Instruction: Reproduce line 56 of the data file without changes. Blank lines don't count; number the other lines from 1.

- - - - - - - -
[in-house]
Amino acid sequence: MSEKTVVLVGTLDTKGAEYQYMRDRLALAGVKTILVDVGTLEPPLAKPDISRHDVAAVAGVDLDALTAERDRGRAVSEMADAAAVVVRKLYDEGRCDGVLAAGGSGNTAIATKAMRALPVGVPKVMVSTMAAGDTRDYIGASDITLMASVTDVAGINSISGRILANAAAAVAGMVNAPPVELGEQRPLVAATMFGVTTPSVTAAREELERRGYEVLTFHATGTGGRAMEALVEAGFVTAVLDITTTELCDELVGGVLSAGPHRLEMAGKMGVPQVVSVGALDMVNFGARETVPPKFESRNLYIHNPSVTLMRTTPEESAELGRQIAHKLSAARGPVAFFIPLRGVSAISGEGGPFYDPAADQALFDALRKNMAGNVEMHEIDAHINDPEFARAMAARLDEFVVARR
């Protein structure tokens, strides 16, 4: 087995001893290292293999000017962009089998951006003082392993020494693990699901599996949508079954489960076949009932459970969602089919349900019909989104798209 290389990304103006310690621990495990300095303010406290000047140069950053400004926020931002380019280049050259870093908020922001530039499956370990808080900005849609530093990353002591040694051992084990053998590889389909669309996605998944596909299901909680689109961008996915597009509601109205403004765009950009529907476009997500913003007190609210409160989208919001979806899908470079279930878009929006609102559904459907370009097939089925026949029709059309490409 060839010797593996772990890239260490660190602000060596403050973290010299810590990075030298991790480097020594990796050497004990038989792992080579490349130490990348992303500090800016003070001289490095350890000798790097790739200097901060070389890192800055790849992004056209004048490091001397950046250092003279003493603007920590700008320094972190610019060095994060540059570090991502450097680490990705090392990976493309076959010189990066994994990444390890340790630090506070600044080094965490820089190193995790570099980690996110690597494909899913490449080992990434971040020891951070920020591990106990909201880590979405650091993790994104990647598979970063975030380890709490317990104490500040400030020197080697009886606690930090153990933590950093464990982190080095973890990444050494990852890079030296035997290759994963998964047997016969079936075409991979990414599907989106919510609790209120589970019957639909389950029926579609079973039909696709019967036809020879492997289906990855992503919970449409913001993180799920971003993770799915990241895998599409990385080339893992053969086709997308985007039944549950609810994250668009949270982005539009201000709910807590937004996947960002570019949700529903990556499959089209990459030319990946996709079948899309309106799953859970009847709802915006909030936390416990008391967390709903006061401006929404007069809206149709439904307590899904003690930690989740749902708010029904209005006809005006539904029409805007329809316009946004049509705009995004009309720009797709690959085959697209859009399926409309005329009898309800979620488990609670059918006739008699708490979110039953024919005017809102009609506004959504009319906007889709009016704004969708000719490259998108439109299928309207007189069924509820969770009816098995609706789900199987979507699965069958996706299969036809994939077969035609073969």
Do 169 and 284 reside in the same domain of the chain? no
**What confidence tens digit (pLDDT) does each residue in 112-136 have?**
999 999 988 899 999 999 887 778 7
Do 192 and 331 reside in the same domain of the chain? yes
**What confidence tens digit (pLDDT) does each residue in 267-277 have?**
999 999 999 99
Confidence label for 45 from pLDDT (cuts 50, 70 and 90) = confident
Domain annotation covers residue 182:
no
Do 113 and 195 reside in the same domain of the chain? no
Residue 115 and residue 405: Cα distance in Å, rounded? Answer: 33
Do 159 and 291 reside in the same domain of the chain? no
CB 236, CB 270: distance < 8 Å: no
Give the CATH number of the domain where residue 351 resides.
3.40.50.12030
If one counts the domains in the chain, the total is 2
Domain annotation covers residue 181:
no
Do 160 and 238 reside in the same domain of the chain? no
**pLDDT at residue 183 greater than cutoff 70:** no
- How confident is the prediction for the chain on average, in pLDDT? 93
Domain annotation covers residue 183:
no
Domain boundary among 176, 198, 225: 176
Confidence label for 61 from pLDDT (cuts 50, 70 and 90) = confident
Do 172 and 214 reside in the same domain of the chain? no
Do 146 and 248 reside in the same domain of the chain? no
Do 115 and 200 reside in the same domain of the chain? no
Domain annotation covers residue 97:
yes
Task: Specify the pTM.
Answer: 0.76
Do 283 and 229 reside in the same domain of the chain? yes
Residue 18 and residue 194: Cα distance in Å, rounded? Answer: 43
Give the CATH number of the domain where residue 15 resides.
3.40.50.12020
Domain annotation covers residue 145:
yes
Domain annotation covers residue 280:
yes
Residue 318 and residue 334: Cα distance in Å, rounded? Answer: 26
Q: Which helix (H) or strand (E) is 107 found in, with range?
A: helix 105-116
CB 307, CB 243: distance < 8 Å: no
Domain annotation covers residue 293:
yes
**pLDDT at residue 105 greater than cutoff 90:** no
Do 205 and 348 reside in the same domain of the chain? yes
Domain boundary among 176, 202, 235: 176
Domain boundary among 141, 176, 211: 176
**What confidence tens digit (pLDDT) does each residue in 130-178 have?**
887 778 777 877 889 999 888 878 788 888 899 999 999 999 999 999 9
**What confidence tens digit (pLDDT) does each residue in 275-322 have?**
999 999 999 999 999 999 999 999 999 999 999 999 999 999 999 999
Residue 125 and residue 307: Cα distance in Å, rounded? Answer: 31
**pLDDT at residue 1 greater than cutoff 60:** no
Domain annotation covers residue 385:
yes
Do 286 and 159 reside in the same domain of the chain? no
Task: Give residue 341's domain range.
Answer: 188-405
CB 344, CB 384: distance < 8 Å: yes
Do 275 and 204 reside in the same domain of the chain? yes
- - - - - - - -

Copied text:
**What confidence tens digit (pLDDT) does each residue in 275-322 have?**